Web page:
What is an incendiary fire?
An incendiary fire is a fire that is deliberately set up with the intent to cause the fire to occur in a place it is not suppose to be (NFPA 921, 2017).
- How does the fire investigator relate a fire incident to incendiary fire?
- What are the conditions that lead to a conclusion proving a fire scene was due to incendiary fire?
Firstly, if an investigator observes a trail pattern during his/her investigation, they will perform a more detailed examination on that trail pattern. A trailer are deliberately introduced fuel to aid in the spread of fire from one spot to another or a connecting path to connect separate fires.
The type of fuel such as liquid or solid fuels and the quantity of it plays a major role in the fire survival and spread. Upon confirming the presences of a trail pattern, it can be partially concluded that fire is due to incendiary fire.
Good observation skills and being meticulous are very important in identifying details related to a fire scene. To create a trail pattern, material such as clothing or paper are used to soak up with the fuel and will be lit up.
The interesting part is there are some cases which involves exotic accelerants as fuel for example; thermite mixtures which is a mixture of iron oxide Fe2O3 (rust) and aluminium powder and commonly used in welding. The mixture produces exceedingly hot fires.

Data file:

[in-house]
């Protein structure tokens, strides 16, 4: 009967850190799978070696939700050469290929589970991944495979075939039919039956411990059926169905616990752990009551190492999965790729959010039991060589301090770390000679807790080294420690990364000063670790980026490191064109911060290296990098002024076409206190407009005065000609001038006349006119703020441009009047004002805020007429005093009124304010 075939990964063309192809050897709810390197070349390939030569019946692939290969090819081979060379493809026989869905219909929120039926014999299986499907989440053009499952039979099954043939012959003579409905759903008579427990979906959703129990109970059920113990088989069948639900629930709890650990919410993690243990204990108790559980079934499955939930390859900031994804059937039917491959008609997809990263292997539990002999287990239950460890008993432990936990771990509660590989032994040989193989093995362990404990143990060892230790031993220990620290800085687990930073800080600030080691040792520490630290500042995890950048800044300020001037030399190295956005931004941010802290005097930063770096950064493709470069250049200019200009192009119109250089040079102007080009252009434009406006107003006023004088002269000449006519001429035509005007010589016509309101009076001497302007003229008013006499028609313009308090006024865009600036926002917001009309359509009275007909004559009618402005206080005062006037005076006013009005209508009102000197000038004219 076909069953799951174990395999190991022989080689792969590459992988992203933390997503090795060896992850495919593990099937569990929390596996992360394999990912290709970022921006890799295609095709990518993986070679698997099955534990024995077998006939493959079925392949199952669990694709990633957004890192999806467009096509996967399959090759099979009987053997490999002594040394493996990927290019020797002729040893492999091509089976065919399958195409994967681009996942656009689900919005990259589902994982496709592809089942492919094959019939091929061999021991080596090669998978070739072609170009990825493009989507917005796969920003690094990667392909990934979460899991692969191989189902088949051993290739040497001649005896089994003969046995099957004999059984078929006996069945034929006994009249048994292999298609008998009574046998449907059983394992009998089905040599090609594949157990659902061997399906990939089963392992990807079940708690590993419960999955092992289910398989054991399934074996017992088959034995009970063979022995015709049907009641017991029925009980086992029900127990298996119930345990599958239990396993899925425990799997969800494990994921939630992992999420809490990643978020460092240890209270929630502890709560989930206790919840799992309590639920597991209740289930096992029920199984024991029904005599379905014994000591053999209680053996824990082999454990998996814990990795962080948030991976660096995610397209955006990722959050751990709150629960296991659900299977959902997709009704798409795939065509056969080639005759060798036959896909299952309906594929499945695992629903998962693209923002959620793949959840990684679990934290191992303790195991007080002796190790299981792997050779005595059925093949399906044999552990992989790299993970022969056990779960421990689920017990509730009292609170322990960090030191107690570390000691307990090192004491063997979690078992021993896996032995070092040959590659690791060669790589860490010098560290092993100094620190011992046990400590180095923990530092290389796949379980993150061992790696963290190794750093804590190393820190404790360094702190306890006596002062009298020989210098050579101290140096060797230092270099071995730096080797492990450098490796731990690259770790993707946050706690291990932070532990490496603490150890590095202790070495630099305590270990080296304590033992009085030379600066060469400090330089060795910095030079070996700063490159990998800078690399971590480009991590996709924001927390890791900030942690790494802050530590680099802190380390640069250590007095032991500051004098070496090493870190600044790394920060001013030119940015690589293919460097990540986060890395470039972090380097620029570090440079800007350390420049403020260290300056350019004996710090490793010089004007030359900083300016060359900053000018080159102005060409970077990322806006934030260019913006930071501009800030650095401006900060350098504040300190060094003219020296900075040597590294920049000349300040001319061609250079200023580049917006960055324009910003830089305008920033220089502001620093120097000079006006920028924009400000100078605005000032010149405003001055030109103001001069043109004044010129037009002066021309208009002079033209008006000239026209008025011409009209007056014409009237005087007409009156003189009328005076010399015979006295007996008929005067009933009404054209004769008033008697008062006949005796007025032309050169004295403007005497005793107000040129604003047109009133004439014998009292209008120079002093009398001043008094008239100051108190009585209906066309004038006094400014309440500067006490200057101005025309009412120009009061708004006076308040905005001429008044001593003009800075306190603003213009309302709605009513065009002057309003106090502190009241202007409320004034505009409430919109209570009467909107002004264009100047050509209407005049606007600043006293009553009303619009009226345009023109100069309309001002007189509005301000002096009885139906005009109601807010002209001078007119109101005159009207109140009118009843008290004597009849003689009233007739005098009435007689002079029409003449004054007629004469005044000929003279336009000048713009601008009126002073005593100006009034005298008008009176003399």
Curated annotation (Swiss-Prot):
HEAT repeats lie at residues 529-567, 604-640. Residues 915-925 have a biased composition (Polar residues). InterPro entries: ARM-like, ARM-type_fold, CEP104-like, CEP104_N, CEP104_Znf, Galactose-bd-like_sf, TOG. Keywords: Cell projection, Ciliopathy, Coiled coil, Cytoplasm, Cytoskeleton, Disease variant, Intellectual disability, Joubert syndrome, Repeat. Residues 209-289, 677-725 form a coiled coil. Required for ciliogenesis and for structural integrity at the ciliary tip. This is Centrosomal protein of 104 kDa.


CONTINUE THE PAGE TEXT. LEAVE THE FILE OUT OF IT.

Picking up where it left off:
Such accelerants leave behind residues which are visually observable. The presence of an exotic accelerant can be justified by the observation of rapid rate of fire growth, brilliant flares and melted steel or concrete. The most famous incendiary device used by perpetrators is the Molotov cocktail.
Other than trail patterns, possible physical evidences that could be present at the incendiary fire incident would be multiple seat of fires, presence of ignitable liquid at the area of fire origin and unusual fuel load.
Numerous electrical fires are now being disguised and called as ‘accidental’ fires. Most forensic investigators would report electrical fires as accidental.
However, AGI takes investigations a step further to analyse the ‘root cause‘. Only upon very close scrutiny by AGI’s forensic team, many of these ‘accidental’ fires have been re-classified are ‘deliberate’ fires.
Case study of a deliberate electrical fire:
A fire was reported to have occurred within a premise in Indonesia. The incident was initially noticed by security personnel of the industrial area who then alerted the security guards of premises.
The guards when to the rear section of premises and saw smoke emanating out from tarpaulin area. The guards quickly called the fire department and alerted the management of the premises.
The cause of the fire incident after our team’s investigation proves it was due to electrical failure of the electrical reticulation, in this case, due to neutral floating.
“Neutral floating” is a term used when neutral cables are not connected to the grounding system or earth. In this particular case, five (5) neutral cables were found to be disconnected from the neutral bus bar.
The disconnected neutral cables caused ‘neutral floating’ within the electrical system, where the electrical system lost its reference point. This caused the voltage to float to a maximum of its phase voltage which in turn caused an unbalanced load condition.
The unbalance load condition degraded the insulation of the electrical reticulation and caused an electrical failure downstream. A fire then occurred from the electrical failure which subsequently ignited the stocks.
The neutral cables were intentionally dismantled and were not re-installed to its original position. This cause of fire is labelled as incendiary fire due to “neutral floating”.
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